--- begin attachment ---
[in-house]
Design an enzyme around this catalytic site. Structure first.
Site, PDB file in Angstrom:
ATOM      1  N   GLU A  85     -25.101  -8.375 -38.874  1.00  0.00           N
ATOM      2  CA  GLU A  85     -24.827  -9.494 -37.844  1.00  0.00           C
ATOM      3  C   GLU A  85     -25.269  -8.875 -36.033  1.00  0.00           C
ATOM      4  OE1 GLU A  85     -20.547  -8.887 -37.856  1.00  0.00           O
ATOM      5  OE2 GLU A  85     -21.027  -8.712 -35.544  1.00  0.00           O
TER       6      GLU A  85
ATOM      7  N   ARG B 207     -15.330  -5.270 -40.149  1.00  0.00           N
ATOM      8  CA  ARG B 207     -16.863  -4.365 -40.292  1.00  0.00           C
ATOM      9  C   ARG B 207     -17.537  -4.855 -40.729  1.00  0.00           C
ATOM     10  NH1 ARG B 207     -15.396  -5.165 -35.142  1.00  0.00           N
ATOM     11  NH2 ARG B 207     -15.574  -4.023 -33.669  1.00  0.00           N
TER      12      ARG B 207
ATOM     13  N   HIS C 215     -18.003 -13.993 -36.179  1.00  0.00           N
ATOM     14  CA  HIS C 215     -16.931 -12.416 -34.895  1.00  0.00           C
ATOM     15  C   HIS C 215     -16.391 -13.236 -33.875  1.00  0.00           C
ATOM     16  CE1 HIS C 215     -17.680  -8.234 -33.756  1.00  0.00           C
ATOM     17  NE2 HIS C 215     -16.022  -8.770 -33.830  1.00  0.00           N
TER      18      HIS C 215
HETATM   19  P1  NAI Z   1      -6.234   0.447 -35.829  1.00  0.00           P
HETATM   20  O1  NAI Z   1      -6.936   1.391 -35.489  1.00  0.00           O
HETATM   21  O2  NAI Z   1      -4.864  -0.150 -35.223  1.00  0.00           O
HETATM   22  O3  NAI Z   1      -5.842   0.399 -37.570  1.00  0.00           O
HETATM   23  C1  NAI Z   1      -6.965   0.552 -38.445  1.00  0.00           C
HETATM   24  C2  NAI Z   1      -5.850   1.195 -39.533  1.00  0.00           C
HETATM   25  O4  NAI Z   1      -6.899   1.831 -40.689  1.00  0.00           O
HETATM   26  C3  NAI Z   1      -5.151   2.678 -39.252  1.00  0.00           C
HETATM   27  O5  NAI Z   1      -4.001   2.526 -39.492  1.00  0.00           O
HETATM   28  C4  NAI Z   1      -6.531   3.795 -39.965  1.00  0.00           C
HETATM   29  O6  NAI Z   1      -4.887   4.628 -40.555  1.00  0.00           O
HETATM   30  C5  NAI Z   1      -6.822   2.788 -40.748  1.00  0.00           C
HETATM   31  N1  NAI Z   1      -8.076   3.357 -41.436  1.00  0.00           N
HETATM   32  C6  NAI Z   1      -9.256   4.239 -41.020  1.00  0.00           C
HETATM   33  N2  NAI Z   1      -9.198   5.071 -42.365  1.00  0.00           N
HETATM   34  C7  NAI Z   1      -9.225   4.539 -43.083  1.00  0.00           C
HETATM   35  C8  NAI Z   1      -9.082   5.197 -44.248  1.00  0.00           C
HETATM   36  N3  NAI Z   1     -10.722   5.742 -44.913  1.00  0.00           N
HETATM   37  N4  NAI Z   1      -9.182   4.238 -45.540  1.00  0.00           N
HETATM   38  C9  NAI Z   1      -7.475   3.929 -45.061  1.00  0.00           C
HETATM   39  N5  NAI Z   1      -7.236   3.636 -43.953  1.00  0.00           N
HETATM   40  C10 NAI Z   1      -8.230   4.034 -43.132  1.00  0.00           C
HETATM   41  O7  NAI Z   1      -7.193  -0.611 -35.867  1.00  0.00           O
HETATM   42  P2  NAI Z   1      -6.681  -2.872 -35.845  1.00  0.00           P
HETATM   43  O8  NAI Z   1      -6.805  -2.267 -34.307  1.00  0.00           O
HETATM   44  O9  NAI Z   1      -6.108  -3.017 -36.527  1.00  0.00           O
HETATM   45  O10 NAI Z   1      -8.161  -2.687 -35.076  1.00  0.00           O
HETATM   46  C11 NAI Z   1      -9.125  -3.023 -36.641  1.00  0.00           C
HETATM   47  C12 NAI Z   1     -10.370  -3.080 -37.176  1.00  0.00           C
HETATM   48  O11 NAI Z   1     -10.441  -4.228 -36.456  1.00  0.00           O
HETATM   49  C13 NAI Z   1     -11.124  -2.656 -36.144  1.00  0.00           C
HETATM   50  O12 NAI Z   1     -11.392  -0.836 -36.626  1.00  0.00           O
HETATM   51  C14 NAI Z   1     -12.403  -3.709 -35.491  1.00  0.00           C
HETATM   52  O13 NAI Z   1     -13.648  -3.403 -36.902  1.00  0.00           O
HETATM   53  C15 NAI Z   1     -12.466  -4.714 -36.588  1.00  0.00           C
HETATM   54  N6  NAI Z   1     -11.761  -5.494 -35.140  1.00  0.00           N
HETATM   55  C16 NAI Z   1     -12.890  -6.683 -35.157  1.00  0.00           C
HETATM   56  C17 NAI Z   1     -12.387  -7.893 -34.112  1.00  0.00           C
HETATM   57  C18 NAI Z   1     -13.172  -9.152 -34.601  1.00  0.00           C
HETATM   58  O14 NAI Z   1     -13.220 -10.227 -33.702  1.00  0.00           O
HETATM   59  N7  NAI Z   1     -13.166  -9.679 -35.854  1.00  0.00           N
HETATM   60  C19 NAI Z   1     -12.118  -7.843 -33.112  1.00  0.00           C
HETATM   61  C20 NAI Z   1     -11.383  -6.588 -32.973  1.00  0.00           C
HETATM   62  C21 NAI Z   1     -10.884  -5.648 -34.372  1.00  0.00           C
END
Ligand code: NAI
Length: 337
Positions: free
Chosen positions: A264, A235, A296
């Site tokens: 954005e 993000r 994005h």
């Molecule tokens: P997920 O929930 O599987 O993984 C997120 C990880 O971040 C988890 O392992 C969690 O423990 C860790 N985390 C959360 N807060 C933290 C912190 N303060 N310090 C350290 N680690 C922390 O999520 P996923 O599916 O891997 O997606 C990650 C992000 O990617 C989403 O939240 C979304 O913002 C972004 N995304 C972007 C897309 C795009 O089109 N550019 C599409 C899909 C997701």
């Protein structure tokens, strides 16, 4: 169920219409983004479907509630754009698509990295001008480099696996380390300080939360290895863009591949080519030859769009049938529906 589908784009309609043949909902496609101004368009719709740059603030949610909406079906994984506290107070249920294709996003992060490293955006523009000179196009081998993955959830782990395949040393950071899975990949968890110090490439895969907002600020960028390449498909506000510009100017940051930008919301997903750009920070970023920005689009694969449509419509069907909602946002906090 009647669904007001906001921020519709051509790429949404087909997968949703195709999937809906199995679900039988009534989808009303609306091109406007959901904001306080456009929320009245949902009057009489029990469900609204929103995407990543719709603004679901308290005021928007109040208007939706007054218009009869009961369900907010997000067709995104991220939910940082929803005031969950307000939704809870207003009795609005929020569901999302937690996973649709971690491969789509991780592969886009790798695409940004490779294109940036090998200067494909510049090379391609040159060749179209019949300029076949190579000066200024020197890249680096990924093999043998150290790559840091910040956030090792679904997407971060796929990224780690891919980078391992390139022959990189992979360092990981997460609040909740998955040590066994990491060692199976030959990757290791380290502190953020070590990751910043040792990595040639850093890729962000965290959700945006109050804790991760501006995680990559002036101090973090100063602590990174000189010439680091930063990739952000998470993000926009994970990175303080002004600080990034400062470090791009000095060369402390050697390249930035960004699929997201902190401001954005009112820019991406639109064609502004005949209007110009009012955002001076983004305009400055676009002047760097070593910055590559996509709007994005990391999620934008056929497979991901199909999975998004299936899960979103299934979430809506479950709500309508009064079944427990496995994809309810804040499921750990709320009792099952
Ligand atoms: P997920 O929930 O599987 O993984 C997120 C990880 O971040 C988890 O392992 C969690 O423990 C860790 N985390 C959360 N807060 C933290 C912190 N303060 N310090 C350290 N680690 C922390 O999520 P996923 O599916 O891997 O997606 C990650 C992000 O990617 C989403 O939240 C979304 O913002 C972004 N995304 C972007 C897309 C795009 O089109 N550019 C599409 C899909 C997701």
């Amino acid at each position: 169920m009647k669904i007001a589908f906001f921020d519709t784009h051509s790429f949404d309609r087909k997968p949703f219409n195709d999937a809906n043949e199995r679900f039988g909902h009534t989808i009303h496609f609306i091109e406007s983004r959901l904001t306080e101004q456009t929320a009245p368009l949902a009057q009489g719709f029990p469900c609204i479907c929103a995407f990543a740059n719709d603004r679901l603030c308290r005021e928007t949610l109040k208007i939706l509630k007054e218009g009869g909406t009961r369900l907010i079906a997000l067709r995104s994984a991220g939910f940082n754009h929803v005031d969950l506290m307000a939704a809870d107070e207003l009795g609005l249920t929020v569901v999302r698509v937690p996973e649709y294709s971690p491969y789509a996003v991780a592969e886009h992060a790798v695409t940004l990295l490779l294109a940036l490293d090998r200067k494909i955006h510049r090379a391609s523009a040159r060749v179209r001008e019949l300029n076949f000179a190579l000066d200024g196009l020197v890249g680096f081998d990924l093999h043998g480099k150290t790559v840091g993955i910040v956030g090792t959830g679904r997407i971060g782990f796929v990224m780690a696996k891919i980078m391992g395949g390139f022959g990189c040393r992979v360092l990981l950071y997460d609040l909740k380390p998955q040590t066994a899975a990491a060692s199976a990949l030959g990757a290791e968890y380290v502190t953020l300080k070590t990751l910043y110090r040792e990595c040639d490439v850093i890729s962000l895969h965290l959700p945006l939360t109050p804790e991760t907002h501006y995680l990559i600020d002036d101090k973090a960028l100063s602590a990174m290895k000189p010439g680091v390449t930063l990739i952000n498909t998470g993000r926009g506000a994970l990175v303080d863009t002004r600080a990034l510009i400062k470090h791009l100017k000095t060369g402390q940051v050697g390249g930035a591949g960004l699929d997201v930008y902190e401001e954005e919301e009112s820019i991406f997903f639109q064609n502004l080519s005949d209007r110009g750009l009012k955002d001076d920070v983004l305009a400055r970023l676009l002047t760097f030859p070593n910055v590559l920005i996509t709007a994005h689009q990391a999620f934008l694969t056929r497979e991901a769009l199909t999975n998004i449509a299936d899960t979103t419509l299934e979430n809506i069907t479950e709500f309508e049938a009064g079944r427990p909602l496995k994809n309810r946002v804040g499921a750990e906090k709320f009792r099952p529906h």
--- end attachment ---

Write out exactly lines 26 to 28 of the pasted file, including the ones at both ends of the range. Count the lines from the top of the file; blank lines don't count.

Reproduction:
HETATM   23  C1  NAI Z   1      -6.965   0.552 -38.445  1.00  0.00           C
HETATM   24  C2  NAI Z   1      -5.850   1.195 -39.533  1.00  0.00           C
HETATM   25  O4  NAI Z   1      -6.899   1.831 -40.689  1.00  0.00           O